With two townhouse complexes in the pipeline for the beachside of Lewes, the city's planning commission is weighing a halt to residential development in that section of town.
Both complexes will be built in the city's marine-commercial district and each received a special exception to do so. The ease at which the townhouses were approved raised eyebrows at city hall. Before more applications were received, mayor and city council unanimously voted in March to place a moratorium on special exceptions.
Council has now tasked the planning commission to determine the best path forward for Lewes.
Commission Chairman Mike Mahafie said there are many routes the city could take, including adding more control to special exceptions, amending permitted uses in the marine-commercial district or adjusting the boundaries of the district.
Resident Nadine Wick said it is important to preserve the marine-commercial district and prevent townhouses from taking over the area.
“I think we're selling ourselves short if we don't keep it pretty much marine commercial with the idea of keeping retail down there,” she said. “I think we'll be making a huge mistake with having townhouses everywhere.”
Many residents view the stretch of Savannah Road from the canal to the beach as Lewes' next Second Street. Mayor Ted Becker reminded everyone at the June 5 meeting that only 30 years ago storefronts on Second Street were struggling to find tenants.
“The evolution has happened downtown, and I do believe there will be an evolution across the bridge,” he said. “There was a lot of careful thought that went into developing the marine-commercial district.”
City officials created the zone to support marine-related businesses, such as fishing or boating, but also sought to include a mix of uses, with a variety of housing options, said Vice Chairperson Kay Carnahan.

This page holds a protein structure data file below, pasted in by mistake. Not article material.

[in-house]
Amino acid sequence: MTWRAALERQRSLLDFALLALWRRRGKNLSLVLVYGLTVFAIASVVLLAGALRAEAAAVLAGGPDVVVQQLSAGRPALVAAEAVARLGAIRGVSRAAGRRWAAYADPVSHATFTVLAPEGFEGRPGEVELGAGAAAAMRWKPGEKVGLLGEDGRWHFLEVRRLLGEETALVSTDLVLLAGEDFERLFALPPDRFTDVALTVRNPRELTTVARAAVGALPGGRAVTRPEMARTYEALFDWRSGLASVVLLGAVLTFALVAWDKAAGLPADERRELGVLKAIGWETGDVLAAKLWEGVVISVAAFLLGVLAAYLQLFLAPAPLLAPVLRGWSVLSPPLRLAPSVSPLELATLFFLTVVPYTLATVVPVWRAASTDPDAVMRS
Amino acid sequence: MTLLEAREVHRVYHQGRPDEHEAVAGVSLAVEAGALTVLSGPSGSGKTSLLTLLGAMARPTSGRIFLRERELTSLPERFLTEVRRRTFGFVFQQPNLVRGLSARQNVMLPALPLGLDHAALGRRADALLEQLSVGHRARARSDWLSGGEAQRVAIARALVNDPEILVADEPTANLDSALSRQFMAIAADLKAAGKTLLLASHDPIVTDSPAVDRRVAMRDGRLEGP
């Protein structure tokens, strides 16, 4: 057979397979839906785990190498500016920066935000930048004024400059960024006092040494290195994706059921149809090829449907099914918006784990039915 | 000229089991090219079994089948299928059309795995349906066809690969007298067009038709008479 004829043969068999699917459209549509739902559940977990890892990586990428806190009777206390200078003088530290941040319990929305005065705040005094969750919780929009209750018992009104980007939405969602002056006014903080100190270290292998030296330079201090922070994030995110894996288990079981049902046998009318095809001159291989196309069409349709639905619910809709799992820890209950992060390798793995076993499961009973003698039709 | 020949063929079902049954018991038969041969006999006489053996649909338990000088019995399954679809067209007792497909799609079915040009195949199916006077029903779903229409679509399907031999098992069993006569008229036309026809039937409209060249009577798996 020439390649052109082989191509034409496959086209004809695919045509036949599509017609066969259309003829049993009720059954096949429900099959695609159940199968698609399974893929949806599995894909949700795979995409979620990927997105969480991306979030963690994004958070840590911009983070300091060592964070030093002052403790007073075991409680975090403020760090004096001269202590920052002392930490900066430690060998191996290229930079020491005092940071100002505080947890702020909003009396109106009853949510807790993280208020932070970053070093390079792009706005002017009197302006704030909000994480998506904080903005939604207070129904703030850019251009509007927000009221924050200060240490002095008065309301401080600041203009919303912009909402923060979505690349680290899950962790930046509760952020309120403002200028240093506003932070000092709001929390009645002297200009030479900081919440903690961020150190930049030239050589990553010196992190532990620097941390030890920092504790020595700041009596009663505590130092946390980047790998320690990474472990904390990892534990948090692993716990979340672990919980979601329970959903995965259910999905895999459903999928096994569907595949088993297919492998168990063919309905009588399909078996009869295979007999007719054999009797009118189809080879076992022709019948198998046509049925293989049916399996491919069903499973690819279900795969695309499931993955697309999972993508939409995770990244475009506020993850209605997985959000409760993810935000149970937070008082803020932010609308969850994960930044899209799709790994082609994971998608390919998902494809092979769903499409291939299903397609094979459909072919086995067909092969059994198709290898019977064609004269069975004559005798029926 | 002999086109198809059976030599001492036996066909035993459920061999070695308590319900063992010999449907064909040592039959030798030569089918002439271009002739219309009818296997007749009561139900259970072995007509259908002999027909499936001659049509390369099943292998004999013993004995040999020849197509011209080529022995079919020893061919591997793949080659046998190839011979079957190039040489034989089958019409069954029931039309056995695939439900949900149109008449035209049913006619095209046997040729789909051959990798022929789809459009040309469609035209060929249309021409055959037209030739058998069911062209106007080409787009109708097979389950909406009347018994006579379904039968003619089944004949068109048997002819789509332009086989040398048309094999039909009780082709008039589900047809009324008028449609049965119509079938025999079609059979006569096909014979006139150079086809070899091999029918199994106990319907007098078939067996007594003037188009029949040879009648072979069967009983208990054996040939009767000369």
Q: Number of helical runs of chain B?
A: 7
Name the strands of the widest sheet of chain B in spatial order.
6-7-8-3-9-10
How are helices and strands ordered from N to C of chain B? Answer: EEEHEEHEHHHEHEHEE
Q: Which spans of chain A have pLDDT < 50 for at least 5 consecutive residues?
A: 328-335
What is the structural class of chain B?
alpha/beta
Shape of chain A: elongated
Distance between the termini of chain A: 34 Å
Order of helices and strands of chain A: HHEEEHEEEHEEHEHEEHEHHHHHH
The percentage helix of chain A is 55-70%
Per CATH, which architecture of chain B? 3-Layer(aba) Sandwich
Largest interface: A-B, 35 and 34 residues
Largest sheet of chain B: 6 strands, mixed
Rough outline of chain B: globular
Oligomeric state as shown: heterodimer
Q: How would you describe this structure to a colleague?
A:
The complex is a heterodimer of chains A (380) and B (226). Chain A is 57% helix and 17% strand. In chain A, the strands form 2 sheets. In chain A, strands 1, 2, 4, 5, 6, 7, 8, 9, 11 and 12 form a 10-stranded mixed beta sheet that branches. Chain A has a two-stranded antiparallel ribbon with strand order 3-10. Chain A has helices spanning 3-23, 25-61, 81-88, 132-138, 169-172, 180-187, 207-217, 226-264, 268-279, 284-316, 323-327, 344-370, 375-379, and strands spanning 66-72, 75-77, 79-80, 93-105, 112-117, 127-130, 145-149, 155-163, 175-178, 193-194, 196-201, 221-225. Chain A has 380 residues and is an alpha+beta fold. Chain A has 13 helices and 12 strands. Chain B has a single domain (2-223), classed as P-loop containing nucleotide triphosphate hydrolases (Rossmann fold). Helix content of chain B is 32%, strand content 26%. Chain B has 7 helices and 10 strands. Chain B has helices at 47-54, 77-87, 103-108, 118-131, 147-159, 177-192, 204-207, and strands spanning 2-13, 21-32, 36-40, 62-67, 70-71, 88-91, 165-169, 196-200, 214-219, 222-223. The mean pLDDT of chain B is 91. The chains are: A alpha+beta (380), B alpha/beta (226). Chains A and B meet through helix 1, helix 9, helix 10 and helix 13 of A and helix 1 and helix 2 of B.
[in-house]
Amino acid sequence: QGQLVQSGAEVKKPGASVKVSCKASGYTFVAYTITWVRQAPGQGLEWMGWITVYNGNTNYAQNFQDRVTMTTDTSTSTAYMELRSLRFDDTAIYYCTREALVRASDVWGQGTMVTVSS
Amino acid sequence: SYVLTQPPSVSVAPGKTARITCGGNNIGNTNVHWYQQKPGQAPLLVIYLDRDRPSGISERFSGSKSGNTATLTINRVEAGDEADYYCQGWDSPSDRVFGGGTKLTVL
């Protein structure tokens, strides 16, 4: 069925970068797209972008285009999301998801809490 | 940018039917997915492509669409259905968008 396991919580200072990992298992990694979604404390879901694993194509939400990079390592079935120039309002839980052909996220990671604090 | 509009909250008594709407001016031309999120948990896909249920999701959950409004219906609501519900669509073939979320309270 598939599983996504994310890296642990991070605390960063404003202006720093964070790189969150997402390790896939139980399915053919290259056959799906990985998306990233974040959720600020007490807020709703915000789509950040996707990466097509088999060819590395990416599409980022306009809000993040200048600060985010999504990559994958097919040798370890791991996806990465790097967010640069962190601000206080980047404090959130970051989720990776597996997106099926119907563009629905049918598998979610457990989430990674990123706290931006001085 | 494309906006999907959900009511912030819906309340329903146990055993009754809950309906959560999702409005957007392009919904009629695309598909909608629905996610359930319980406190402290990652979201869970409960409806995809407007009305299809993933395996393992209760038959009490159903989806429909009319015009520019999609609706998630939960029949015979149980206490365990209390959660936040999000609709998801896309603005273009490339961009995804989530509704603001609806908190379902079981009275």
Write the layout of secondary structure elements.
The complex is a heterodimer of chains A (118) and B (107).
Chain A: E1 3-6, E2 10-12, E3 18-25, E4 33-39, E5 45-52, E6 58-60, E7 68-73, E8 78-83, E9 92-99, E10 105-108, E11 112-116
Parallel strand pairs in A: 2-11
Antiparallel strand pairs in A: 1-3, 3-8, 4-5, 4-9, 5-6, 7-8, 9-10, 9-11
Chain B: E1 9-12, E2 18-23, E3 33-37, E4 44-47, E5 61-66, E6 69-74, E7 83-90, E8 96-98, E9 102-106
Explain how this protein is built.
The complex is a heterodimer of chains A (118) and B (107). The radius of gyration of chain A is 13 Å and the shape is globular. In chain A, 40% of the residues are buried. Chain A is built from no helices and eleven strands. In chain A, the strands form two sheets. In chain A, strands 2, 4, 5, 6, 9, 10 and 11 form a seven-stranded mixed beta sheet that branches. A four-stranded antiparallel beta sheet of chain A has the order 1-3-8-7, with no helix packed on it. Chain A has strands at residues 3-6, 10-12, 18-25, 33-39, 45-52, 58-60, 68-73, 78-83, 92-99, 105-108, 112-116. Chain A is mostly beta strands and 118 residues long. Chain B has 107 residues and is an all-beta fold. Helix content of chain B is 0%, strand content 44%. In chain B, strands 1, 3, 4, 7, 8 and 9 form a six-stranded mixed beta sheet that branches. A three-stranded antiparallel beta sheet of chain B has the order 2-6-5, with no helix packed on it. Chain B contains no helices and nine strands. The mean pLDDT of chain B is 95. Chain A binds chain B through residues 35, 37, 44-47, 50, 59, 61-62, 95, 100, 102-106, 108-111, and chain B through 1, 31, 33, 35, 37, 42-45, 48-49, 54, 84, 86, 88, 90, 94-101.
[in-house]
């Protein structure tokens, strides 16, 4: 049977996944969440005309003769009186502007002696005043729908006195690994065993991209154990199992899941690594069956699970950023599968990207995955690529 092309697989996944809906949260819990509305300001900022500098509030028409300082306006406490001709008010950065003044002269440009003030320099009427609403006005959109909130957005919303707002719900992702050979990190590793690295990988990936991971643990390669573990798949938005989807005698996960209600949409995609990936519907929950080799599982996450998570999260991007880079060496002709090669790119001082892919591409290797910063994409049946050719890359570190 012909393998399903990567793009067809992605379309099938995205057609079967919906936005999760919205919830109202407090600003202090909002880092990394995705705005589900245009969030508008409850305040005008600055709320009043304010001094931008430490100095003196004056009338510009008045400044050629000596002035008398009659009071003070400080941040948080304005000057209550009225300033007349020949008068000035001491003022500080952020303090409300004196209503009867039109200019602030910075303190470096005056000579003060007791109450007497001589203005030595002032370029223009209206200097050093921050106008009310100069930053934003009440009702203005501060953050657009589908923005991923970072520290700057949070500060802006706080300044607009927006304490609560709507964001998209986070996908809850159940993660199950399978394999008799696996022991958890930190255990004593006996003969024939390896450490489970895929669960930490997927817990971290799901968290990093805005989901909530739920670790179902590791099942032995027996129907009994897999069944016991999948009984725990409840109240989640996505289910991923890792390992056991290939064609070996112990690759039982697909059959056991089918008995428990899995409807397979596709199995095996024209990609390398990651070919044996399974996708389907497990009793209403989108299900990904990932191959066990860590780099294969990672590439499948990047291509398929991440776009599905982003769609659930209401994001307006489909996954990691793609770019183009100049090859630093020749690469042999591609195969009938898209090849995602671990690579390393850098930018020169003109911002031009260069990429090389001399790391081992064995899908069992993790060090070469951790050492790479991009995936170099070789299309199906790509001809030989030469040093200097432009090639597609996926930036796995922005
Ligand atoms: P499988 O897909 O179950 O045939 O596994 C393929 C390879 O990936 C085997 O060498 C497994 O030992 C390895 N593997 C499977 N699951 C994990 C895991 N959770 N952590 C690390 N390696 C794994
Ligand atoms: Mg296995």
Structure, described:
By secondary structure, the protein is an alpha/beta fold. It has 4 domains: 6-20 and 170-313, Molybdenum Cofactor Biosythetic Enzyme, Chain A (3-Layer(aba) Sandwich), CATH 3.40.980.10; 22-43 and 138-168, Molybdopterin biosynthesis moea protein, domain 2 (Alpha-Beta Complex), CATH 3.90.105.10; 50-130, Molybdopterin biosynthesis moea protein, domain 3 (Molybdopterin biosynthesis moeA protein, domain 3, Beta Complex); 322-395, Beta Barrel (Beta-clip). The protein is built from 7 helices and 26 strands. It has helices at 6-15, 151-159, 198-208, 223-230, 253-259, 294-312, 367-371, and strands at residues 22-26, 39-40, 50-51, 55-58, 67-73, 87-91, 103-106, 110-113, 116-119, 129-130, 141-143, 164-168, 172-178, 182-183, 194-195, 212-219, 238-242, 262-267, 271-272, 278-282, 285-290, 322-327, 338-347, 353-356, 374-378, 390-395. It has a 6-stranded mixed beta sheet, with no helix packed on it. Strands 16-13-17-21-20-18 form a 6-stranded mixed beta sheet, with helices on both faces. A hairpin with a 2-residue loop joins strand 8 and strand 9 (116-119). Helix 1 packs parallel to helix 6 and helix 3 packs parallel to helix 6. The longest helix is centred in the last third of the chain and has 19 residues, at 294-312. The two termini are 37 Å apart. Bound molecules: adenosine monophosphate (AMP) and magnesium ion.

Prior to allowing a special exception for townhomes, developers wishing to build residential units were required to reserve the ground floor for commercial spaces. That model so far has been unsuccessful, specifically at Captain's Quarters on Savannah Road, which has four 500-square-foot retail spaces that have been in a constant state of flux.
“That's a very awkward space to rent,” Becker said. “Almost no one can survive, unless you're a jewelry store, in that amount of square footage.”
Beachside business owner Rick Quill said he is not against the development of townhouses on his side of the city because it rids the area of eyesores. His concern is that the special exception will allow townhouses to take over the entire area.
Commission member Joe Hoechner said allowing a few townhouses could spark some life for the struggling businesses along Savannah Road.
“If you have a townhouse adjacent to a struggling business where you have residents coming in – weekenders, renters – it may make shop owners happy if there are signs of life there,” he said.
Gail vanGilder, chair of the city's scenic & historic byways committee, suggested extending the Lewes' beautification efforts into an area that comes off stark compared to the rest of the city. A streetscape project possibly with the help of a transportation enhancement grant from the Department of Transportation could benefit for future economic growth.
“I think we have to look at it as a wonderful resource that we have,” she said. “If Second Street is so jammed that no one can get on it, they're going to go somewhere else. We want to capture that business and keep it in town. This is our way to do it. We have to be patient. We have to have a long-term vision.”
Commission member Victor Letonoff agreed.
“Adjusting the special exception, I think, is important in keeping some of the retail space, so when Lewes expands, it expands into that space,” he said.
The board of adjustment granted special exceptions to Evergreene Companies LLC to build a nine-unit complex at the corner of Savannah and Anglers roads and to local businessman Cliff Diver to construct an eight-townhouse complex at the corner of Savannah Road and Massachusetts Avenue.
After those projects were approved, the city's planning commission received a rezoning request from a developer who wanted to convert a residentially zoned area to marine commercial in order to build townhouses with a special exception. Commissioners recommended city council deny the request, and the developer pulled its application before council could register a vote.
The planning commission made no decisions about the future of the marine-commercial district at its June 5 meeting. Discussion will continue future workshops. The commission will reach out to the beachside business community to provide its input.